My previous site was built in 2011 and while it served me well, it suffered from many problems:
- It was not responsive, so it only looked good on large screens and wasn’t very usable on smartphones.
- The original design was only for a portfolio because I wasn’t considering blogging, so when I came to adding a blog, the design was inconsistent and looked messy.
- I left it languishing and over time it came to be a bad advert for me, rather than a good one.
For this new version of my site, it was much more important to have a place to write than anything else. This year I am setting up a new business, so having a large detailed portfolio on my site was not a major priority. However, I still needed some examples of recent work for the times where I might pick up short-term contracts, so the portfolio was designed to be simple and quick to view, without getitng bogged down in fancy presentation.
I have also started to write creatively, with a view to having my work published in the future. So the main focus of my new site is writing. First there’s the Articles section where I’ll be writing about web-development, writing and personal experiences. The Fiction section is a place to practice writing creatively and share that work. It’ll be pretty awful to begin with I’m sure, but I’m not worried about that, it’s all part of the process. Lastly, the Reading section is a memory vault to record the books I read. I’m intending to write reviews on Goodreads in the future, so my reading list will also provide links to those reviews.
Clean & Simple
I wanted a very clean design that first and foremost would be a place for me to write. I had previously kept different blogs over the years at different sites (you may remember Resonant Edge, Palemovie, or Frisk Design.) But I’d never had a focus on any of these blogs, writing sporadically about a broad range of subjects. Unsurprisingly my interest had waned and the blogs died.
The new design is very lightweight and focuses on text. Only the Portfolio and Reading sections contain images, and even these are only small. I kept a simple palette and chose to use a serif typeface for a more classical feel. On large screens, Charter will be loaded as a webfont, while on smaller screens a system serif will be chosen by your browser. This helps keep the mobile experience very fast.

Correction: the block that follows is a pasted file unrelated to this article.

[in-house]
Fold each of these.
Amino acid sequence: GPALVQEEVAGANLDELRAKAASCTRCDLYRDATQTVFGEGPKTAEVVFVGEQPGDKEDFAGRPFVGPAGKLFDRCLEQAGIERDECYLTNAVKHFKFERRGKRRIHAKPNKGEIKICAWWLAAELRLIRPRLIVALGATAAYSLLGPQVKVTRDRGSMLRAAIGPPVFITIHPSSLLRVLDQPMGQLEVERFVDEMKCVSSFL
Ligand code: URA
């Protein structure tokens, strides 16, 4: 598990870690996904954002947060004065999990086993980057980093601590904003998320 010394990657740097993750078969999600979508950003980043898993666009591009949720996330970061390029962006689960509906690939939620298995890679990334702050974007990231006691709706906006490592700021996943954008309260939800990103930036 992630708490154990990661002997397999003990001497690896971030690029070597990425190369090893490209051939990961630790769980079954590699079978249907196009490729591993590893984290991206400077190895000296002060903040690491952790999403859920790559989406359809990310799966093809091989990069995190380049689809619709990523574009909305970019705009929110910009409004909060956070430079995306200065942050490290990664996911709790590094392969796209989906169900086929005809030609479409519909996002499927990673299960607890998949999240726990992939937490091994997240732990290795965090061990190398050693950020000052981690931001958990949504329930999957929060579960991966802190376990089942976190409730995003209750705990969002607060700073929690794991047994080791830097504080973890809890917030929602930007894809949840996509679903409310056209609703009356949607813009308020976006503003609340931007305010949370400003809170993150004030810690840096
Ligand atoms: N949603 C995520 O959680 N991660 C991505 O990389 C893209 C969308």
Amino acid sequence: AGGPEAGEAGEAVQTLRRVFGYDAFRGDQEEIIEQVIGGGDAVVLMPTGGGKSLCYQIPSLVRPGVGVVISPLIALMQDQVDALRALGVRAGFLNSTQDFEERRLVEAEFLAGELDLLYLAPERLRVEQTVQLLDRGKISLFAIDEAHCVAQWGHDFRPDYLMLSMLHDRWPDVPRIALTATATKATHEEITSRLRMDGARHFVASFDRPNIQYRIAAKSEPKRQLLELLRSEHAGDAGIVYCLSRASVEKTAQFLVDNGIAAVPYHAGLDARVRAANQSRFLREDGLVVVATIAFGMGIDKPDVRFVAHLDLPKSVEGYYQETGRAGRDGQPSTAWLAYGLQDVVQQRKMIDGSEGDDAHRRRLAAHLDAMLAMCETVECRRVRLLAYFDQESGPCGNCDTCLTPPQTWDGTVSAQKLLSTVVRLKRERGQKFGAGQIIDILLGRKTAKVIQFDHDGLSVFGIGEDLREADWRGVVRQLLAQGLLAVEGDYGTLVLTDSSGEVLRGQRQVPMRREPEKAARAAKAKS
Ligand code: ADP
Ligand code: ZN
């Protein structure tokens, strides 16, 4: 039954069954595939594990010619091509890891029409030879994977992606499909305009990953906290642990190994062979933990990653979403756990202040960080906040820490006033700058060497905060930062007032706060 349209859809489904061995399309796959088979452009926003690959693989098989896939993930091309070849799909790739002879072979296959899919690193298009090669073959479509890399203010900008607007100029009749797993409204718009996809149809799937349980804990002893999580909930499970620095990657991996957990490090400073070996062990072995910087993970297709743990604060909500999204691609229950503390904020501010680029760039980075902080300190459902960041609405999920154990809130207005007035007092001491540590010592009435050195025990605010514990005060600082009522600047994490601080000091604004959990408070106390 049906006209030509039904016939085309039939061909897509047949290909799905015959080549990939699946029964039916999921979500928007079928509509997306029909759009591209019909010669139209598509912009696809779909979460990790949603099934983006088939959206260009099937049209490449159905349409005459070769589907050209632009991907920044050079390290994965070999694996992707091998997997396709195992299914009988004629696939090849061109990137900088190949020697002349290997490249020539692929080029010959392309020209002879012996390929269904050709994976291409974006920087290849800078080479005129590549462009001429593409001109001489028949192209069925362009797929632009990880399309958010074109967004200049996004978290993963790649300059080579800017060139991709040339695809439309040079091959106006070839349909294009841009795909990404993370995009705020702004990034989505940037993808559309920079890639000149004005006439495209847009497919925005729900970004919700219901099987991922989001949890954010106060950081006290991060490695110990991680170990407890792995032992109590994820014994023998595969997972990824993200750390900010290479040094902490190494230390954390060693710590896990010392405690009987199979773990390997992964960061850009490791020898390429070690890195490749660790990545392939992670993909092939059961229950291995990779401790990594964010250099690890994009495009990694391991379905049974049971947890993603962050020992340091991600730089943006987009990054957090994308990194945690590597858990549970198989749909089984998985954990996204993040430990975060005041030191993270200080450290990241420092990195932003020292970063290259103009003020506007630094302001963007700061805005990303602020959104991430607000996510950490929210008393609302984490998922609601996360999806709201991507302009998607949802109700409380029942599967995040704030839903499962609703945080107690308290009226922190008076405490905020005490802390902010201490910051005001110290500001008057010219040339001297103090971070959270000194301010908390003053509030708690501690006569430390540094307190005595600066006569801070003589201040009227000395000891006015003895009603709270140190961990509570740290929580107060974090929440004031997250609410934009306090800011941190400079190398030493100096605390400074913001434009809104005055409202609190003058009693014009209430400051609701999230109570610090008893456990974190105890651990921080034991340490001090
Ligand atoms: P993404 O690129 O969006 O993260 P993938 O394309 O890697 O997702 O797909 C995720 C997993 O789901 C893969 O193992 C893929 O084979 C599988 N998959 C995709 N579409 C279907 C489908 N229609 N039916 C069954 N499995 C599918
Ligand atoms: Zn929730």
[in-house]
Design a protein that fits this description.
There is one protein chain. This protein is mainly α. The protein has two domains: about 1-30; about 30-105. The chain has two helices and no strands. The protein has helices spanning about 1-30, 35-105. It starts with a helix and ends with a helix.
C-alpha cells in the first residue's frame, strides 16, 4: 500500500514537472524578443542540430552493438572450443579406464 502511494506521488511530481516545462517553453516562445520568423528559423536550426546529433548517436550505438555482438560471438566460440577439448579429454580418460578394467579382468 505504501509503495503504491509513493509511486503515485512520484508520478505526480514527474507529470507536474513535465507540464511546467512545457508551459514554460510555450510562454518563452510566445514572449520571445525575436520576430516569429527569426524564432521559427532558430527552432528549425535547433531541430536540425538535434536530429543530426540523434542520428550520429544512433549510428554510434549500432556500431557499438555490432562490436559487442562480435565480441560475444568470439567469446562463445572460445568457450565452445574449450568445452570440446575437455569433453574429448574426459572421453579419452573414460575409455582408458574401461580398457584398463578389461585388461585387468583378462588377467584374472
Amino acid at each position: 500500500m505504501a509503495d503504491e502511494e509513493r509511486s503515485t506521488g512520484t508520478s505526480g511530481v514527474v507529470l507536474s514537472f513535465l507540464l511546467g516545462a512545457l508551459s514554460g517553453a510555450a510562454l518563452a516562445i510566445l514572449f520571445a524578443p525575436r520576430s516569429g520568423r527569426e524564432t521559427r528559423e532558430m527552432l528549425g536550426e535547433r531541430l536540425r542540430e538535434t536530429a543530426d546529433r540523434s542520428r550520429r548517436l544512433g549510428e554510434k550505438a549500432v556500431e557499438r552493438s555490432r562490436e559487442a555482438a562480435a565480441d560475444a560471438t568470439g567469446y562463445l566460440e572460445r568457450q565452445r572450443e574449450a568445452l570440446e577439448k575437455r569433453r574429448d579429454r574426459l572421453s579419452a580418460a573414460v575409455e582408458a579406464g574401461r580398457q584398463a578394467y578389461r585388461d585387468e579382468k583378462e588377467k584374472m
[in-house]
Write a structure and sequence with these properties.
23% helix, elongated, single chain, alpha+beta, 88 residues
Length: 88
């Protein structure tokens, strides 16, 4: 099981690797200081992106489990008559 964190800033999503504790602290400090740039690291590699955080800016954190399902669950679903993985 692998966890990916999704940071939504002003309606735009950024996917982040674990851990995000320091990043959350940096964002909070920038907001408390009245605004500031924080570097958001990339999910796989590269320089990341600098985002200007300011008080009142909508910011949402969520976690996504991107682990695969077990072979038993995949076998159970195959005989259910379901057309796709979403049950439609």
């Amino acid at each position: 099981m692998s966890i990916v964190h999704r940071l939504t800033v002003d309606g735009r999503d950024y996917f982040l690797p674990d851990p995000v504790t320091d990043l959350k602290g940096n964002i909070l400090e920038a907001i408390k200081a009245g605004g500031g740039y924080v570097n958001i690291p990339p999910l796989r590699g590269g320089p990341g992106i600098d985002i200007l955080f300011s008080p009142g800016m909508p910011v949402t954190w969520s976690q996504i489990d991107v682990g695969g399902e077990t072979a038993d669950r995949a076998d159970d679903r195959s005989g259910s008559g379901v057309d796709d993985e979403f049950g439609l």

The site is fully responsive and should work well across all screen sizes. It was important to have a good reading experience on all devices, so the text size has been optimised at a number of breakpoints.
Design and Build
I built the site over several weeks, updating some of my workflow in the process. Initial large-screen designs were put together in PhotoShop and once I had an art direction that I liked, I wrote the HTML templates mobile first.
I didn’t use any frameworks (I don’t use them at all if I can help it - they are usually too opinionated for the way I work), but I did use the Susy flexible grids tool to handle the responsive layouts. There was a fair bit to learn there and I’m not completely happy with how it turned out, but it does work pretty well.
I chose to use Craft CMS for the back-end of the site. I did briefly consider a flat-file system but they have so many limitations that I knew I’d be restricting the future flexibility of the site. In addition, I wanted a GUI for writing my articles, one that would work on a smartphone or tablet, and flat-file systems are utterly awful on that front.
Once I had all the HTML templates built, I started to integrate them into Craft. I’d not used Craft before, so there was a learning curve to get over, but it was fairly painless. Craft has a great templating system which is pretty easy to grasp. The initial build took about 4 days, but I ended up re-factoring several times as I learned more about Craft.
The Craft build probably took about 2 weeks altogether, which seems a long time when you look at the apparent simplicity of the site. The big time sink was something I’d not really considered: designing in the browser. As I’d not designed all my templates up-front, I spent far too long experimenting with different layouts and re-did a lot of work many times. This is the dangerous black hole of unlimited experimentation possibilities, something I need to avoid on future projects.
I chose to use Gulp to minify/concat all my files, but getting it to work exactly how I wanted took far longer than I expected and even now I’m unsure if it was the right choice. It adds significant complexity and dependencies to what should be a pretty simple workflow. It does work well, but whether it’s actually saved me any time is another question entirely.